Environmental Simulation & Performance Assessment Tools, Terms 1 & 2

Running as weekly day-long sessions that follow the Terms 1 and 2 team projects, this hands-on course introduces the tools that drive the research methodology of SED. Students will begin by studying fieldwork techniques including indoor and outdoor surveys and the measurement and processing of environmental data used to calibrate computer models that simulate solar, thermal airflow and daylighting processes in and around buildings. A range of computational tools will be introduced over the year. Their application will be explored initially through team projects and then in greater detail during work on the dissertation in Terms 3 and 4.

Environmental Design Primer, Terms 1 & 2

This course introduces key topics of environmental design research and practice as these relate to architecture and building science. Topics include urban climatology and the theories and practice of environmental comfort; the physics of natural light, airflow and thermal processes; the ecology and environmental performance of materials; renewable energy technologies in the urban environment; and the science and art of measurement and performance assessment.

Lessons from Practice, Term 2

Each year a number of architects, engineers and researchers are invited to present recent projects illustrating their practice and experience in sustainable environmental design. The course also includes one or more study trips to buildings of interest in the UK and abroad. This year's PLEA conference will be held in Edinburgh in early July 2017, providing the opportunity for current SED students and graduates to attend and present work.

Research Seminar, Terms 1-4

In Phase I the seminar provides a regular forum for discussing research methods, report writing and topics that can be developed into the two individual research papers that provide the foundation for dissertation projects. In Phase II the seminar complements weekly individual tutorials, offering additional research and writing support.

MSc - 12 months

MArch - 16 months


Simos Yannas has led environmental design research at the AA since the late 1970s and is a founding member of the PLEA international network on sustainable architecture and urban design. His most recent writings are on adaptive architecturing, learning from vernacular architecture and refurbishing the city.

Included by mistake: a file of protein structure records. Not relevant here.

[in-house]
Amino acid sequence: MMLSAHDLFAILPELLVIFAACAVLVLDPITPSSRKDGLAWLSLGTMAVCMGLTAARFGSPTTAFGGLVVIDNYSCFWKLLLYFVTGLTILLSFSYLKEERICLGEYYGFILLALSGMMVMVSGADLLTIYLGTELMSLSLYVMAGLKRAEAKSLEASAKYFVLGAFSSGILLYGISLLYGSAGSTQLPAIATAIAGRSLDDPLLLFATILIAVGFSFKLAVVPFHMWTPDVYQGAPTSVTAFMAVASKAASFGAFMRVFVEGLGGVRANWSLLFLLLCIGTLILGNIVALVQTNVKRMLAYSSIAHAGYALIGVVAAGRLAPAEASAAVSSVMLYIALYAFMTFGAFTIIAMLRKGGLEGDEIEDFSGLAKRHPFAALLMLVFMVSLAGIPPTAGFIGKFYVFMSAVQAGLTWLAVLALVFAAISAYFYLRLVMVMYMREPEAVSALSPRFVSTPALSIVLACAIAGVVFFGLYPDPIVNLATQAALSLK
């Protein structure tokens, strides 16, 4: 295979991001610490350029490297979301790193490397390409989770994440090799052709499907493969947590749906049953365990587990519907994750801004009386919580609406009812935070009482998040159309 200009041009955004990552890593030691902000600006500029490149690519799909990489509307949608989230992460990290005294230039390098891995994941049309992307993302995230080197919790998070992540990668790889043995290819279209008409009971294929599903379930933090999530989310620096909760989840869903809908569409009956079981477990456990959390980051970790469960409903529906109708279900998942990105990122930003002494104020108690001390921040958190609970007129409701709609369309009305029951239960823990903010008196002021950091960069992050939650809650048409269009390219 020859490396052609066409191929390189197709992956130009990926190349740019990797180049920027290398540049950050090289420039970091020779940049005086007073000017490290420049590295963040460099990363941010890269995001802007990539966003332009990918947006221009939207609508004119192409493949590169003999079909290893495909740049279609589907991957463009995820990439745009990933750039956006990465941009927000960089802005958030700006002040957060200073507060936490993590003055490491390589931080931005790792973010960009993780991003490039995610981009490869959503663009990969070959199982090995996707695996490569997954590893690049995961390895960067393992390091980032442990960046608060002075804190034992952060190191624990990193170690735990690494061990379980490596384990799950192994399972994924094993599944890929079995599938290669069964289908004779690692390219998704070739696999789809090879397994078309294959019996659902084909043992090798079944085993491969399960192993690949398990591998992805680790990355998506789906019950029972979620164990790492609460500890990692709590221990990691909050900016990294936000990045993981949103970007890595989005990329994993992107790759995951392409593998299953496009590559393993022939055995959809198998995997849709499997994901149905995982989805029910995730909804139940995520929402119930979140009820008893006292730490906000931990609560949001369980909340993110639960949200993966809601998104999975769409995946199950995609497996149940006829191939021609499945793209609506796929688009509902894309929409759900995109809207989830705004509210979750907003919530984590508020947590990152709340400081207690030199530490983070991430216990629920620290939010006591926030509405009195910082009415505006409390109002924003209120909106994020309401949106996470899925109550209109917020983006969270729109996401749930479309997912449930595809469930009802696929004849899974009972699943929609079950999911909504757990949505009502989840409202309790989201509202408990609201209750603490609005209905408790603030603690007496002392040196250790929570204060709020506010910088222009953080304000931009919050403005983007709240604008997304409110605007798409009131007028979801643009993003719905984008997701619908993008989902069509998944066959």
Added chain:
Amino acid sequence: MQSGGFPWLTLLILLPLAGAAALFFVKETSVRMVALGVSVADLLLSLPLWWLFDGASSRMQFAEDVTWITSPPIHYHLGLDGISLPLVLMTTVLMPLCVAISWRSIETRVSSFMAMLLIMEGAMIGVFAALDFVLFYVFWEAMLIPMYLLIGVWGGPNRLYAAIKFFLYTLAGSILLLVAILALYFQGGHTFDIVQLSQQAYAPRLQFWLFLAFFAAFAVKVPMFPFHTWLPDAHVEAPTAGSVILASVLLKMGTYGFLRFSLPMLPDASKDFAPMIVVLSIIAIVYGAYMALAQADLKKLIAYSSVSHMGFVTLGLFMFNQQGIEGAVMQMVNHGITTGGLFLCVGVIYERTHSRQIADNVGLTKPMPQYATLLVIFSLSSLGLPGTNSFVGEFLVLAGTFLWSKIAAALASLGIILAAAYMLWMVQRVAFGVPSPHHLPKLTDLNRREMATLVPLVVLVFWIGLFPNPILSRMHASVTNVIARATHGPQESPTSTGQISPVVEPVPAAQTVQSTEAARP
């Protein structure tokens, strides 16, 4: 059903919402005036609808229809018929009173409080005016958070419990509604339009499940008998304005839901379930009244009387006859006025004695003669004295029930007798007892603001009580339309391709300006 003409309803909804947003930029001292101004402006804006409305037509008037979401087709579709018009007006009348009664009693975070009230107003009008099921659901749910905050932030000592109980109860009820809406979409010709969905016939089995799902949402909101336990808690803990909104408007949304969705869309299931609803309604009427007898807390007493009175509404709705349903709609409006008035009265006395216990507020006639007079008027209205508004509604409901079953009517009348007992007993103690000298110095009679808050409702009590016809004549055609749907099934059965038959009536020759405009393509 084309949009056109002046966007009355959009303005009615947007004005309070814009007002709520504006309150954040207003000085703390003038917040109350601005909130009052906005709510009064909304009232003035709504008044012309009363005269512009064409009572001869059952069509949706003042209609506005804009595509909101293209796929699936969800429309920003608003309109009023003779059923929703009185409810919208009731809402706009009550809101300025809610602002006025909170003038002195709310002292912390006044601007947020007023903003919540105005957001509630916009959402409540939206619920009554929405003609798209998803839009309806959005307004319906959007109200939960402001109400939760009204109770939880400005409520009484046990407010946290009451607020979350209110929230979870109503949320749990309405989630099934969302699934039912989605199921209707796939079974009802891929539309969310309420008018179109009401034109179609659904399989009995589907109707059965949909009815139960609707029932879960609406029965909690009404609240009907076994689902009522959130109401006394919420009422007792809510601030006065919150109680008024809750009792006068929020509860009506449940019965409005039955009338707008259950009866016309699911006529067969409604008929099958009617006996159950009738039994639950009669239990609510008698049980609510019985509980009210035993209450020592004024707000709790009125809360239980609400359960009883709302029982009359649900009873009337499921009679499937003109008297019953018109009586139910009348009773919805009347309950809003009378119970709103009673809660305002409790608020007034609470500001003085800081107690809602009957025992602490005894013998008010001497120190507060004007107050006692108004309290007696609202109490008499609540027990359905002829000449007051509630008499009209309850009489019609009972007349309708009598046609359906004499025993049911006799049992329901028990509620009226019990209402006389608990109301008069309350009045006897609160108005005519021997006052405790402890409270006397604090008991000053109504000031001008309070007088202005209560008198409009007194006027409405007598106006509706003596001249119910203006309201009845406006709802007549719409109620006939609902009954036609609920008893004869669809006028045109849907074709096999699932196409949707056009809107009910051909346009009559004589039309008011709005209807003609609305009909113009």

Paula Cadima has been in architectural practice and environmental research for more than 25 years. She worked for the European Commission in Brussels managing world-class research projects on energy enewable energy sour She chaired the environment and sustainable architecture working group of the Architect's Council of Europe in 2009 and is the current president of PLEA.

Jorge Rodríguez-Álvarez has undertaken his PhD research on the planning of cities for the post-carbon age and is co-founder of SAAI, an international environmental design consultancy.

Nick Baker is a physicist specialising in building science and environmental design with special interest in thermal comfort and daylighting.

Klaus Bode is a co-founder of BDSP Partnership, an environmental engineering practice whose projects have included the Welsh Assembly Building, Bocconi University and the London School of Economics.

Gustavo Brunelli led the environmental design team for the London Velodrome and is currently in charge of the advanced building optimisation team at Hurley Palmer Flatt.

Herman Calleja is an environmental analyst with Chapman BDSP specialising in the use of parametric environmental design tools.

Mariam Kapsali is a design architect with Architype. She was previously a research architect with the Oxford Institute of Sustainable Development.

Byron Mardas is an environmental designer with Foster + Partners specialising in daylighting optimisation, outdoor thermal comfort and parametric modelling.

The AA is a Partner Institution and Affiliated Research Centre of The Open University (OU), UK. All taught graduate degrees at the AA are validated by the OU. The OU is the awarding body for research degrees at the AA.

Programme site

Projects Review 2017


Graduate Admissions Team AA School of Architecture
36 Bedford Square
London WC1B 3ES

T: 020 7887 4067 / 4007

Links & Downloads


Prospectus 2017-18
AA Prospectus

Graduate Prospectus
Graduate Prospectus